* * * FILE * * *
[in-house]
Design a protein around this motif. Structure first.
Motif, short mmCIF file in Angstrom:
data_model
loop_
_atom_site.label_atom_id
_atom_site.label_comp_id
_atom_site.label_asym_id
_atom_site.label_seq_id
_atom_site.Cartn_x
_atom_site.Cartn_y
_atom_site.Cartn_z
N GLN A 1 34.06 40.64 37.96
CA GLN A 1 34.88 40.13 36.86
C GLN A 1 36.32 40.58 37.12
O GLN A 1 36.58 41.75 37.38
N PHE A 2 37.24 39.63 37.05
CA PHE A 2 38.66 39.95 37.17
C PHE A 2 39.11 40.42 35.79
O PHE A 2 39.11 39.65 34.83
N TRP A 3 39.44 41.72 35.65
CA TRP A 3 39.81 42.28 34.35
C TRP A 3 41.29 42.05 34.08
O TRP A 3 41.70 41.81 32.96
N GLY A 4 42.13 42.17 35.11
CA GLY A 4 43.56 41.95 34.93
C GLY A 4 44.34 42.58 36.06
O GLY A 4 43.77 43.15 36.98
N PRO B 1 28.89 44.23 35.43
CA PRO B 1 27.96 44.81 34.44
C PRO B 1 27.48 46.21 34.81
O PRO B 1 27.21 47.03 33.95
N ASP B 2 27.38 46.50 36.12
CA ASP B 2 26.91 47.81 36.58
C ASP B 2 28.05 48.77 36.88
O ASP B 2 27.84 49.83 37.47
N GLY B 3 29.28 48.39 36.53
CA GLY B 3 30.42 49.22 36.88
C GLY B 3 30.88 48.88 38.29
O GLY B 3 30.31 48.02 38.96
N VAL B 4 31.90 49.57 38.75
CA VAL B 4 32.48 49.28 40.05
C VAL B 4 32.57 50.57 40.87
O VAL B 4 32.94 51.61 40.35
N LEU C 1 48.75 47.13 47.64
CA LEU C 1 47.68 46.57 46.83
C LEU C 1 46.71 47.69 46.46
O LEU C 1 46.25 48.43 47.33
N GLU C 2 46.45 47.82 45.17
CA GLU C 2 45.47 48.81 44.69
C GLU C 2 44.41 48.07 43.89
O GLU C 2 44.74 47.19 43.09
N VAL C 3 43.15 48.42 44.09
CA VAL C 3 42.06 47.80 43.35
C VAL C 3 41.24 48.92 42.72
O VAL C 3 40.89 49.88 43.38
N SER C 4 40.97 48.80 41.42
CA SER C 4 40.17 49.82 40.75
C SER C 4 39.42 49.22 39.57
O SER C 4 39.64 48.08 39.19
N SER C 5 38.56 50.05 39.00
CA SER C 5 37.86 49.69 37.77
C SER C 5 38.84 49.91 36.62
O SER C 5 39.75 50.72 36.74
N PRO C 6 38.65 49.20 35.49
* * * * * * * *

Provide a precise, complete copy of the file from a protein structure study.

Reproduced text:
[in-house]
Design a protein around this motif. Structure first.
Motif, short mmCIF file in Angstrom:
data_model
loop_
_atom_site.label_atom_id
_atom_site.label_comp_id
_atom_site.label_asym_id
_atom_site.label_seq_id
_atom_site.Cartn_x
_atom_site.Cartn_y
_atom_site.Cartn_z
N GLN A 1 34.06 40.64 37.96
CA GLN A 1 34.88 40.13 36.86
C GLN A 1 36.32 40.58 37.12
O GLN A 1 36.58 41.75 37.38
N PHE A 2 37.24 39.63 37.05
CA PHE A 2 38.66 39.95 37.17
C PHE A 2 39.11 40.42 35.79
O PHE A 2 39.11 39.65 34.83
N TRP A 3 39.44 41.72 35.65
CA TRP A 3 39.81 42.28 34.35
C TRP A 3 41.29 42.05 34.08
O TRP A 3 41.70 41.81 32.96
N GLY A 4 42.13 42.17 35.11
CA GLY A 4 43.56 41.95 34.93
C GLY A 4 44.34 42.58 36.06
O GLY A 4 43.77 43.15 36.98
N PRO B 1 28.89 44.23 35.43
CA PRO B 1 27.96 44.81 34.44
C PRO B 1 27.48 46.21 34.81
O PRO B 1 27.21 47.03 33.95
N ASP B 2 27.38 46.50 36.12
CA ASP B 2 26.91 47.81 36.58
C ASP B 2 28.05 48.77 36.88
O ASP B 2 27.84 49.83 37.47
N GLY B 3 29.28 48.39 36.53
CA GLY B 3 30.42 49.22 36.88
C GLY B 3 30.88 48.88 38.29
O GLY B 3 30.31 48.02 38.96
N VAL B 4 31.90 49.57 38.75
CA VAL B 4 32.48 49.28 40.05
C VAL B 4 32.57 50.57 40.87
O VAL B 4 32.94 51.61 40.35
N LEU C 1 48.75 47.13 47.64
CA LEU C 1 47.68 46.57 46.83
C LEU C 1 46.71 47.69 46.46
O LEU C 1 46.25 48.43 47.33
N GLU C 2 46.45 47.82 45.17
CA GLU C 2 45.47 48.81 44.69
C GLU C 2 44.41 48.07 43.89
O GLU C 2 44.74 47.19 43.09
N VAL C 3 43.15 48.42 44.09
CA VAL C 3 42.06 47.80 43.35
C VAL C 3 41.24 48.92 42.72
O VAL C 3 40.89 49.88 43.38
N SER C 4 40.97 48.80 41.42
CA SER C 4 40.17 49.82 40.75
C SER C 4 39.42 49.22 39.57
O SER C 4 39.64 48.08 39.19
N SER C 5 38.56 50.05 39.00
CA SER C 5 37.86 49.69 37.77
C SER C 5 38.84 49.91 36.62
O SER C 5 39.75 50.72 36.74
N PRO C 6 38.65 49.20 35.49